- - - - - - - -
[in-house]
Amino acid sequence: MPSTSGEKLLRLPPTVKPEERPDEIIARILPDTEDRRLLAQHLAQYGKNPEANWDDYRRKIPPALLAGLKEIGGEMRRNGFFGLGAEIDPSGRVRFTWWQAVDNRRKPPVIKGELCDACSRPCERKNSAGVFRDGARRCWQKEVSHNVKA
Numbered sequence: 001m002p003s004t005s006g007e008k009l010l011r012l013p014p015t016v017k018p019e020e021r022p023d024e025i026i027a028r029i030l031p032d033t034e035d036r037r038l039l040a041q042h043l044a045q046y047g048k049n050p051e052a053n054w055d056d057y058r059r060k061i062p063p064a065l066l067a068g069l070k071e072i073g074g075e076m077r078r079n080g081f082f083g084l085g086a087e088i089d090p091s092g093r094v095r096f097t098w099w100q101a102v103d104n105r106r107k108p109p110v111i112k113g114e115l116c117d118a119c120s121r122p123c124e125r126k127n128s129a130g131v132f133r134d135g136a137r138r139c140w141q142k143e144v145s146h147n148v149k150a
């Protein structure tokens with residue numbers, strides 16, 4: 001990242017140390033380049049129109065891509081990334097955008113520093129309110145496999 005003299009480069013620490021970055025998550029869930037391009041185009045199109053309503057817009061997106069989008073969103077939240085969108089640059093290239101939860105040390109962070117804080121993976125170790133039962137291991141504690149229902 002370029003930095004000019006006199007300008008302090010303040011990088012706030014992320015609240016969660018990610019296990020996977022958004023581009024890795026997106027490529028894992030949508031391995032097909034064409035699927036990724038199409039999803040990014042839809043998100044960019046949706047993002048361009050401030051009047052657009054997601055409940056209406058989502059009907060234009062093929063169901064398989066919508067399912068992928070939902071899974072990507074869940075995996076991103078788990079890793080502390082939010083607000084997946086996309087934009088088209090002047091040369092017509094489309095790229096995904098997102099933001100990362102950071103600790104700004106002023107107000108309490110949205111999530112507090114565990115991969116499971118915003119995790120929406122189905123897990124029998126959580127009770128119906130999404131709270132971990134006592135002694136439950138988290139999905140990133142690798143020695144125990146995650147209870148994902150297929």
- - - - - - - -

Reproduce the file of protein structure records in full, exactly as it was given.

[in-house]
Amino acid sequence: MPSTSGEKLLRLPPTVKPEERPDEIIARILPDTEDRRLLAQHLAQYGKNPEANWDDYRRKIPPALLAGLKEIGGEMRRNGFFGLGAEIDPSGRVRFTWWQAVDNRRKPPVIKGELCDACSRPCERKNSAGVFRDGARRCWQKEVSHNVKA
Numbered sequence: 001m002p003s004t005s006g007e008k009l010l011r012l013p014p015t016v017k018p019e020e021r022p023d024e025i026i027a028r029i030l031p032d033t034e035d036r037r038l039l040a041q042h043l044a045q046y047g048k049n050p051e052a053n054w055d056d057y058r059r060k061i062p063p064a065l066l067a068g069l070k071e072i073g074g075e076m077r078r079n080g081f082f083g084l085g086a087e088i089d090p091s092g093r094v095r096f097t098w099w100q101a102v103d104n105r106r107k108p109p110v111i112k113g114e115l116c117d118a119c120s121r122p123c124e125r126k127n128s129a130g131v132f133r134d135g136a137r138r139c140w141q142k143e144v145s146h147n148v149k150a
């Protein structure tokens with residue numbers, strides 16, 4: 001990242017140390033380049049129109065891509081990334097955008113520093129309110145496999 005003299009480069013620490021970055025998550029869930037391009041185009045199109053309503057817009061997106069989008073969103077939240085969108089640059093290239101939860105040390109962070117804080121993976125170790133039962137291991141504690149229902 002370029003930095004000019006006199007300008008302090010303040011990088012706030014992320015609240016969660018990610019296990020996977022958004023581009024890795026997106027490529028894992030949508031391995032097909034064409035699927036990724038199409039999803040990014042839809043998100044960019046949706047993002048361009050401030051009047052657009054997601055409940056209406058989502059009907060234009062093929063169901064398989066919508067399912068992928070939902071899974072990507074869940075995996076991103078788990079890793080502390082939010083607000084997946086996309087934009088088209090002047091040369092017509094489309095790229096995904098997102099933001100990362102950071103600790104700004106002023107107000108309490110949205111999530112507090114565990115991969116499971118915003119995790120929406122189905123897990124029998126959580127009770128119906130999404131709270132971990134006592135002694136439950138988290139999905140990133142690798143020695144125990146995650147209870148994902150297929």